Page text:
With once-promising talks at a standstill, Carl Icahn on Friday again extended his $7-per-share tender offer to take control of Lions Gate Entertainment Corp.
In a sign that the parties are still very much at odds, activist investor Icahn took another public swipe at Lions Gate's board, calling its recent decision to put aside $16 million for potential golden parachutes for top executives "reprehensible."
"This latest action, together with the board's failed and misguided attempts to implement a poison pill and its reckless retention … of no less than six professional advisory firms … to defend against our offer, shows just how far removed this board has become from its mission of holding management accountable and safeguarding the interests of shareholders," Icahn said in a statement.
Late last week, representatives for Icahn and Lions Gate were engaged in discussions about a potential settlement to end the investor's two-month battle to seize control of the Santa Monica film and television studio.
According to people familiar with the situation, however, those talks hit a sticking point. The primary issue was how much power Icahn would be able to exercise on the board of directors relative to his holdings. Icahn — who is the company's second-largest shareholder, with a nearly 19% stake — has said he wants his son Brett to join the board and sit on newly formed committees overseeing production costs and overhead expenses, both of which the investor has said are too high.
In Friday's announcement, Icahn extended his offer only six business days, to June 1. His previous two extensions were each for 10 business days.
Icahn said that as of midday Friday, 4.66 million shares had been tendered to him, about 4% of the company's total outstanding shares. That's down from two weeks earlier, before the last extension, when almost 7.5 million shares had been tendered.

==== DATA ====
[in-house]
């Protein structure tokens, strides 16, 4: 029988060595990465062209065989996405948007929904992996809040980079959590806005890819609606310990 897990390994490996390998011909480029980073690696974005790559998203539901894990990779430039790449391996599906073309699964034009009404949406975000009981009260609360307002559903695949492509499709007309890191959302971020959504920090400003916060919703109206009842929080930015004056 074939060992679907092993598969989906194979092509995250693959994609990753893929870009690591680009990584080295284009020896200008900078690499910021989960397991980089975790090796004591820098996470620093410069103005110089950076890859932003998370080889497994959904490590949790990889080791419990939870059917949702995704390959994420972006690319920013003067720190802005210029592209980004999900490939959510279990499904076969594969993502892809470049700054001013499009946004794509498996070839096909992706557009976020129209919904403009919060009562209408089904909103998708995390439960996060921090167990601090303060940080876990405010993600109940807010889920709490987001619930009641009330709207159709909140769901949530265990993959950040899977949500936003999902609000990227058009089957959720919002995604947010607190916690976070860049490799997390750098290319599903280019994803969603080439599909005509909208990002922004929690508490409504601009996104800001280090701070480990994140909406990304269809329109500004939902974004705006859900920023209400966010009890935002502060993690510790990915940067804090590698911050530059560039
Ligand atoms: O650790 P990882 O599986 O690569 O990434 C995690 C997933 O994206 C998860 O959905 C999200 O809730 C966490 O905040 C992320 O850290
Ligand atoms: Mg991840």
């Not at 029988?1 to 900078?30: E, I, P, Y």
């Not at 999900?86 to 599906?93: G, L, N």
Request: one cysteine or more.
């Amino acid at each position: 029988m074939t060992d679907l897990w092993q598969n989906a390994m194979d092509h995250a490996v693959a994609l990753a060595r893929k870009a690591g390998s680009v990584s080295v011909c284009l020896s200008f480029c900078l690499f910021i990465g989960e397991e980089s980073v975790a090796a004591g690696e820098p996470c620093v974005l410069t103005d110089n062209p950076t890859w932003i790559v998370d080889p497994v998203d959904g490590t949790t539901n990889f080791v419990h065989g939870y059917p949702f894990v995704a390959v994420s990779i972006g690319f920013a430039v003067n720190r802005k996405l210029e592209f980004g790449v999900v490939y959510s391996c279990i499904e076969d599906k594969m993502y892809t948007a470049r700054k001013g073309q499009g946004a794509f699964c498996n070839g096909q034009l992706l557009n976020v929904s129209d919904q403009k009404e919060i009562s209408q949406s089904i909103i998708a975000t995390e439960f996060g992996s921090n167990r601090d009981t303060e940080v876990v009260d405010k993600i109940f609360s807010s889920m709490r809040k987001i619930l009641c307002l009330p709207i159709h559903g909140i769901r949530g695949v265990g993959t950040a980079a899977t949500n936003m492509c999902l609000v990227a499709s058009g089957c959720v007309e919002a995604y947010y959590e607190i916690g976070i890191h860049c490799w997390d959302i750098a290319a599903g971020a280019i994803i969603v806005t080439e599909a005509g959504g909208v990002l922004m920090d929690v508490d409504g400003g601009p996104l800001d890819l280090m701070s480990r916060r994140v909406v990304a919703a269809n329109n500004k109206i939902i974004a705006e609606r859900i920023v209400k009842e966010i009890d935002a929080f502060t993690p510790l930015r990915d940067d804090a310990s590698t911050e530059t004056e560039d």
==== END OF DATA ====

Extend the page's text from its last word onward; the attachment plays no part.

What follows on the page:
Despite the ongoing tension and apparent lack of progress in his current tender offer, Icahn did not announce any changes to his offer terms Friday. He could choose to raise the price he's offering. Another option is to lower the threshold of stock he needs to own for his tender offer to take effect, which currently stands at just over 50%.
With a stake of 20% to 50%, Icahn would not technically control Lions Gate, but would be able to exercise significant power over its business decisions.
His most aggressive option would be to launch a proxy war and put up his own slate of directors to take control of Lions Gate's board.
It's also possible that productive talks could restart and the two sides could reach an agreement and drop their long-running feud.
Lions Gate's attempts to enact a poison pill provision that would block a takeover of the company have been stymied by officials in Canada, where the company is legally domiciled.